UK investor: Nairobi is where the action is
By Mwaghesha Mkala | June 9th 2016
St Paul’s was originally supposed to have been listed in the Nairobi Securities Exchange under the Growth and Enterprise Market Segment by the end of last year. It is now six months later, what has caused the delay?
The cost of capital rose from about 14 per cent to 25 per cent, and we had to factor that in. Right now, it has gone down. You see, the market has undergone a bit of turbulence, which can be seen with how some financial institutions have been affected. We wanted to be patient and wait for the market to stabilise.
The Capital Markets Authority has also put more stringent measures for companies wishing to be listed, and we are in the process of finalising the requirements. We expect to list in July.
Why would Kenyans want to leave the investment opportunities here and invest in London and other British cities, thousands of miles away?(The firm plans to invest primarily in UK government and quasi-government occupied property)
Nairobi is the financial hub of the region and the pool of wealth located in this country, specifically in Nairobi, is immense. Property is in the DNA of each and every Kenyan, including myself. All we want to do is make these investors diversify their investments portfolios across the globe. London, and other cities like Leeds, Manchester, Liverpool, Newcastle and Sheffield, will afford these investors yields in foreign currency, in this case, a stronger sterling pound. We want them to look outside Kenya.
What is the demographic of Kenyans you are seeking to interest in the properties you want to buy in Britain?
We are looking at institutions mostly. We want to attract investment managers because the capital they have is appropriate for the property we are looking at buying.
We are also attracting high networth individual, because our minimum capital is Sh1 million. Most of these individual already own property in the West, and they are already conversant with these investments. Wealthy African are spending almost £4 million (Sh580 million) on London property every week as they look to snap up exclusive investments in the UK. In short, the investment is not for the man in the streets.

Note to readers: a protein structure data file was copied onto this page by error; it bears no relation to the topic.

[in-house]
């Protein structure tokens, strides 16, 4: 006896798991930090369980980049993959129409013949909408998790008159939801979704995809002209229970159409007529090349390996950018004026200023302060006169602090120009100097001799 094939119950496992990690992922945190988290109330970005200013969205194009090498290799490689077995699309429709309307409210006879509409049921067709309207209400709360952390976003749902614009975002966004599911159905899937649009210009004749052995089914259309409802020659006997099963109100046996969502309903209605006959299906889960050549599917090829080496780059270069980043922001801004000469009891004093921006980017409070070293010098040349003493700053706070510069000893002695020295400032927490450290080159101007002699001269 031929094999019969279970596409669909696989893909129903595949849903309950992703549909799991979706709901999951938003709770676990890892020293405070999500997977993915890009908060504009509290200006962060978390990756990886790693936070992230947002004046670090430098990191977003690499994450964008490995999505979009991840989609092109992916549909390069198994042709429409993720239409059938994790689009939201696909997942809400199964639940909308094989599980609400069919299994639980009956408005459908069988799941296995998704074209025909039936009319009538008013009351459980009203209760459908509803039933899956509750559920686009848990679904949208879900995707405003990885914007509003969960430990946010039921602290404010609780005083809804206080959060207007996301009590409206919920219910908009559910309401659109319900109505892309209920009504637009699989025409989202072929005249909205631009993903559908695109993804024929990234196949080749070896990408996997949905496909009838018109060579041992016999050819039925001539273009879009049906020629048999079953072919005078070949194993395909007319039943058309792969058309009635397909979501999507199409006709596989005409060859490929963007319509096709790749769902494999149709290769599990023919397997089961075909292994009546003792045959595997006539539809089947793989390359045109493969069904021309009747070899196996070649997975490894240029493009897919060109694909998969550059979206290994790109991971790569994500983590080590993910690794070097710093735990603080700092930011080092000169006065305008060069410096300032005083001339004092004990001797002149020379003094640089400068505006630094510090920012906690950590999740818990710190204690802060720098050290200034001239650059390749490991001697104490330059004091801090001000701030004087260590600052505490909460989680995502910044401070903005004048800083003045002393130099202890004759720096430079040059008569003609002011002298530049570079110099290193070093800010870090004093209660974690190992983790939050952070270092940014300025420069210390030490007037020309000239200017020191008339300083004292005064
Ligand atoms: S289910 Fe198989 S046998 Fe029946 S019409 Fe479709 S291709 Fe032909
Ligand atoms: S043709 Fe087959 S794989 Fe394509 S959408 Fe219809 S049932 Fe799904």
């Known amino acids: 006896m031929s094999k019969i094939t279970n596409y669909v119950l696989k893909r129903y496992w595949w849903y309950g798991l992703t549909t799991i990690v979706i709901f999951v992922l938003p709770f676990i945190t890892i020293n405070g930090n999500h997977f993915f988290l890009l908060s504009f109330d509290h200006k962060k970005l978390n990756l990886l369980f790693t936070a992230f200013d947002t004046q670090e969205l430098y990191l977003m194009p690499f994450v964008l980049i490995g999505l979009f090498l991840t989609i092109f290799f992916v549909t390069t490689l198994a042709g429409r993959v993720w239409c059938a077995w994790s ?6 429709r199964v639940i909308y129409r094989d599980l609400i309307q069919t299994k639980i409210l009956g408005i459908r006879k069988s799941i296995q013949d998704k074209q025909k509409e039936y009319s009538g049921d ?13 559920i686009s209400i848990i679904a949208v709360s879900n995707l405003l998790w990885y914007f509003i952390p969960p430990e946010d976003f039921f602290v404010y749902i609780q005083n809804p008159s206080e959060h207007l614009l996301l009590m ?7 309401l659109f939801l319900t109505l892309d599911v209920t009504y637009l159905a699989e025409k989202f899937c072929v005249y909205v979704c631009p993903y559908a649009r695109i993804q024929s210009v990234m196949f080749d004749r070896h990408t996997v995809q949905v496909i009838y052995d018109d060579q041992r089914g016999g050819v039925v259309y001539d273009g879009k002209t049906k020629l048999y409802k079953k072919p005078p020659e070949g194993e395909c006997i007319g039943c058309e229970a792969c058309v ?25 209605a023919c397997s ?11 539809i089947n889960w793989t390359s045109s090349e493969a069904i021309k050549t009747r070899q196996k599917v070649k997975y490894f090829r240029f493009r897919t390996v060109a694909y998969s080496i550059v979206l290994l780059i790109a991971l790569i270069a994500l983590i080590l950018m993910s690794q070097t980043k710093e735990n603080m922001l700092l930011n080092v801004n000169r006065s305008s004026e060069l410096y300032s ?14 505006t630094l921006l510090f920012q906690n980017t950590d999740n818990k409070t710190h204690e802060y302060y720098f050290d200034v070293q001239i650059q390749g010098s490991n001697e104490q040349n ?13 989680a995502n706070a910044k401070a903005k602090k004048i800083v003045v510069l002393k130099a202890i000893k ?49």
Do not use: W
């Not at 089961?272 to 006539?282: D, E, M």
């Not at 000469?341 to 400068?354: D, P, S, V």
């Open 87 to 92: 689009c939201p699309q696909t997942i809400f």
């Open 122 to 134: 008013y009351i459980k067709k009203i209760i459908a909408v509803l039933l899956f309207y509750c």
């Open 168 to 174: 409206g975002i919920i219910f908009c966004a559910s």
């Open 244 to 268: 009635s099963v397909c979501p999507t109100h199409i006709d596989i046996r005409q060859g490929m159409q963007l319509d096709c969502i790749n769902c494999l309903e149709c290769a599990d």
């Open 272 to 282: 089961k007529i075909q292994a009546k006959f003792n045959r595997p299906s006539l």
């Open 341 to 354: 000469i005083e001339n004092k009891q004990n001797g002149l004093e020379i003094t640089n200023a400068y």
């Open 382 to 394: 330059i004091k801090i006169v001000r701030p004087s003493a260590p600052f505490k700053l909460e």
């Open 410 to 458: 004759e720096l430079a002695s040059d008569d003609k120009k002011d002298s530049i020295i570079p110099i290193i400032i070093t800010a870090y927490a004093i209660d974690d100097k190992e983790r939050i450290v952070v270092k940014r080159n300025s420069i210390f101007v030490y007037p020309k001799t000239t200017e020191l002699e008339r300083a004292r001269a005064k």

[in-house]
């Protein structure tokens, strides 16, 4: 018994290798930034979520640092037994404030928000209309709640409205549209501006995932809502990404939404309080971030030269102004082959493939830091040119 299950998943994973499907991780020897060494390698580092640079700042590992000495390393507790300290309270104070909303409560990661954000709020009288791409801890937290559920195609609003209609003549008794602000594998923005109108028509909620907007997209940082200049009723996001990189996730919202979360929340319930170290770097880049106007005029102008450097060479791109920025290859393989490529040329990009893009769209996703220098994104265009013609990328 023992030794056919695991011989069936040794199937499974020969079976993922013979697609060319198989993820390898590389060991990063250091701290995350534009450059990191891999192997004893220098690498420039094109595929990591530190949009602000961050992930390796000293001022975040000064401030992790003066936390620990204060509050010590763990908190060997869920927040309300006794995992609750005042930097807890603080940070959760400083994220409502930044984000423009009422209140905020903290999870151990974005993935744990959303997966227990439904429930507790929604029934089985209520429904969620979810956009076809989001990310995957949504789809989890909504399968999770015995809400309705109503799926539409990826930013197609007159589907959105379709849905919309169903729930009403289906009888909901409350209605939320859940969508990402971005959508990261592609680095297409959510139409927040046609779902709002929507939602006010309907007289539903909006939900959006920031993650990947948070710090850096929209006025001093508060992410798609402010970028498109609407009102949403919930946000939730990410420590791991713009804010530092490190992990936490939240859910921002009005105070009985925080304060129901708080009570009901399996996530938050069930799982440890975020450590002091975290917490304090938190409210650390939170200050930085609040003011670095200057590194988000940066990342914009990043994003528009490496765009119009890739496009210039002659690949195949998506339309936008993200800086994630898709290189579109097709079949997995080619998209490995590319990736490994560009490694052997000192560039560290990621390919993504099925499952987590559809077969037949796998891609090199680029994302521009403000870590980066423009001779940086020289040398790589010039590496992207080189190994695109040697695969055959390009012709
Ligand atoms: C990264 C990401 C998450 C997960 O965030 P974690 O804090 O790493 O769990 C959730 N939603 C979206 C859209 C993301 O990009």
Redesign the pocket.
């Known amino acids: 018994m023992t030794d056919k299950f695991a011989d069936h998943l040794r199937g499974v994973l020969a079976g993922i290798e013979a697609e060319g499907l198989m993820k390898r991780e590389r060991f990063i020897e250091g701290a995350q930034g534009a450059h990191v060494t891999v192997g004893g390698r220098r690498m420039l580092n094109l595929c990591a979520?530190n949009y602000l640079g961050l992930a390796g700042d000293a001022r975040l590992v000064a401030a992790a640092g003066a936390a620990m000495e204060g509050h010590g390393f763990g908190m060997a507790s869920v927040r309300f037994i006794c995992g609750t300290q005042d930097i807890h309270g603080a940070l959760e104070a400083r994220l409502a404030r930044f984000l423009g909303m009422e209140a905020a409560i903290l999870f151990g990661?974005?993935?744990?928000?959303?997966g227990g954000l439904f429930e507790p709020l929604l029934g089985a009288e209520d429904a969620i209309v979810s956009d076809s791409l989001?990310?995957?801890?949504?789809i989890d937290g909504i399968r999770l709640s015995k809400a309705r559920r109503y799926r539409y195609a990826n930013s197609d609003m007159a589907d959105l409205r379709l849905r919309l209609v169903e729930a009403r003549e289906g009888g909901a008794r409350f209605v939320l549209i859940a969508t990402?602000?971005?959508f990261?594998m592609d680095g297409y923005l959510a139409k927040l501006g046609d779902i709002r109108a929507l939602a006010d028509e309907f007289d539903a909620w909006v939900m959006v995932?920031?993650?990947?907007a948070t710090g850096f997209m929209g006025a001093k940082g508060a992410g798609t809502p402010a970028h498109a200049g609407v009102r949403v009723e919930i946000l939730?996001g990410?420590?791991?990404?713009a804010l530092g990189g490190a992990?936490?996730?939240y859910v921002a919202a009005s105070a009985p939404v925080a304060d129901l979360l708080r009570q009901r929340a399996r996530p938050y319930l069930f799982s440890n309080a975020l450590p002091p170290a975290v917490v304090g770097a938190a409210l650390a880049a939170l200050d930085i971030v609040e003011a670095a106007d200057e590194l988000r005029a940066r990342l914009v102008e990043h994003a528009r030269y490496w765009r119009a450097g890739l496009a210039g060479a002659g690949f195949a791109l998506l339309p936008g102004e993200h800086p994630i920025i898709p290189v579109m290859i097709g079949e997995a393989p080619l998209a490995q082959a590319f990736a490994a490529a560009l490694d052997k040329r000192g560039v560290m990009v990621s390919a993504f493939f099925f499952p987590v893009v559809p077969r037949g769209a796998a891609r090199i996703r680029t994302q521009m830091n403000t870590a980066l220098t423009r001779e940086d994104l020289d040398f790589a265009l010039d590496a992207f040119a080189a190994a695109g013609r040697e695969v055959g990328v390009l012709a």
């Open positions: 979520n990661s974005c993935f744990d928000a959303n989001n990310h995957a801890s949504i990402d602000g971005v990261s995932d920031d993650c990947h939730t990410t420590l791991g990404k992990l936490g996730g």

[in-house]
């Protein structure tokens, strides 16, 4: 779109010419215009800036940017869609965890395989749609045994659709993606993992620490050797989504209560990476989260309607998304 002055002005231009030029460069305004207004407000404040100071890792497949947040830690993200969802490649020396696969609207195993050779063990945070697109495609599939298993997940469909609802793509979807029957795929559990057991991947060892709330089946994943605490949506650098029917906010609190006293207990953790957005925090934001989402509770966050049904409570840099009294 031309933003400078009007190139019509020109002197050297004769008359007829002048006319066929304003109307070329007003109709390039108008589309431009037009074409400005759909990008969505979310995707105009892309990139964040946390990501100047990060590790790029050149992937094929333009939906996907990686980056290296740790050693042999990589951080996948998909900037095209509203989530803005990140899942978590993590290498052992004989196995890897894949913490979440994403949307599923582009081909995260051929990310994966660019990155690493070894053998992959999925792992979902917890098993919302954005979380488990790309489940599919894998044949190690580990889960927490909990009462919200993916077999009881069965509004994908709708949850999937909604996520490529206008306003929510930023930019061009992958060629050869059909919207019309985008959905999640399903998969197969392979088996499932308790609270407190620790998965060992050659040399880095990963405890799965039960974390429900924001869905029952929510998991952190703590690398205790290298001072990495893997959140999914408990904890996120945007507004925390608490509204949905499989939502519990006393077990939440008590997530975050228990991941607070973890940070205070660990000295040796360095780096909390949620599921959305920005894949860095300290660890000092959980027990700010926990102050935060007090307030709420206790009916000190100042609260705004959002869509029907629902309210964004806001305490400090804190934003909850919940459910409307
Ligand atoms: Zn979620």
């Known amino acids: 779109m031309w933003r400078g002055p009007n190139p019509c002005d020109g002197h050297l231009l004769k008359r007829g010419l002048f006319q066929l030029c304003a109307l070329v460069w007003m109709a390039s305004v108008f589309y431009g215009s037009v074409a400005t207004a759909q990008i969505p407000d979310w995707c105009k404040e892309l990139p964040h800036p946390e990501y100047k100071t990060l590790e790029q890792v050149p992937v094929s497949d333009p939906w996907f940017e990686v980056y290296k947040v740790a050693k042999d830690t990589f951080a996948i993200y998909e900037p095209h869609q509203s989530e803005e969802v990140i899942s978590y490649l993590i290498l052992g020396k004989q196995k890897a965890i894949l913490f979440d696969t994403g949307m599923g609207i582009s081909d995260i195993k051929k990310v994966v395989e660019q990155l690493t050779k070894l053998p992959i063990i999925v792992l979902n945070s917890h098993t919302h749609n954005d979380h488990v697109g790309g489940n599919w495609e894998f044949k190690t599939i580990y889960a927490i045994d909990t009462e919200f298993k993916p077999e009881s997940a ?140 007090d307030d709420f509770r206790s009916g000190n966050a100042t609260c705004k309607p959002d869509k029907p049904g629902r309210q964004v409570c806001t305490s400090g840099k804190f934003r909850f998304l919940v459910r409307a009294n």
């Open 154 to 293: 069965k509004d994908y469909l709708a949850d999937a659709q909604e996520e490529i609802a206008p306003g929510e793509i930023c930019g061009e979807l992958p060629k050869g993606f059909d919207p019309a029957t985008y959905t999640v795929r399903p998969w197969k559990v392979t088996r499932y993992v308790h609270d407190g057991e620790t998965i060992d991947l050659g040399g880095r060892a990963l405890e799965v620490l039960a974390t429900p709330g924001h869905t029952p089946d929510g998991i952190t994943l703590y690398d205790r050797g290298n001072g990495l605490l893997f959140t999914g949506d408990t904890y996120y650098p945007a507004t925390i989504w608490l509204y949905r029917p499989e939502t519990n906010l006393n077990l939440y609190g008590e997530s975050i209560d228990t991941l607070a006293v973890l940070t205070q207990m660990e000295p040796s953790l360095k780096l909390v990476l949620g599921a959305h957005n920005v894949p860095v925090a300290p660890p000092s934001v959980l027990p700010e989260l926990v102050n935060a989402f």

And why Kenya specifically, considering there are many African countries with willing investors?
First, Kenya has very sophisticated property investors. The investment managers handle a lot of money and they understand what the markets are all about. The investors are vibrant and they know what returns they want with their investments.
Secondly, when you look at Nairobi, the city has the potential to pass Johannesburg as the leading financial hub in Africa. Nairobi is where the action is at. The UK property market is estimated to be worth £5.48 billion (Sh794.6 billion). Most of the properties St Paul’s currently invests in and intends to invest in are government and quasi-government occupied.
What is the logic behind that?
The British government is triple A rated. It is politically stable, and unlike other tenants like in the private sector, the government will never fold. To invest in such a tenant who is solid is safe for investors and it offers the best quality of income stream.
St Paul’s is straightforward and ethical, that is why we bank on solid investments. Also, the UK has legal, regulatory and accounting systems that are transparent and consistent with international standards.
With Britain set for a referendum on June 23rd that will decide if it stays in the European Union or exits, what is the speculation on property in London if Britain does exit?
Personally, I do not think Britain will exit. Anyway, the pound will soften in currency against the Euro, and buying property will be cheaper at that particular time, which means higher returns for investors.
But one way or another, the market will eventually stabilise. Also, the fundamental attraction of UK property assets has more to do with the assets themselves than whether they sit in or outside the EU.
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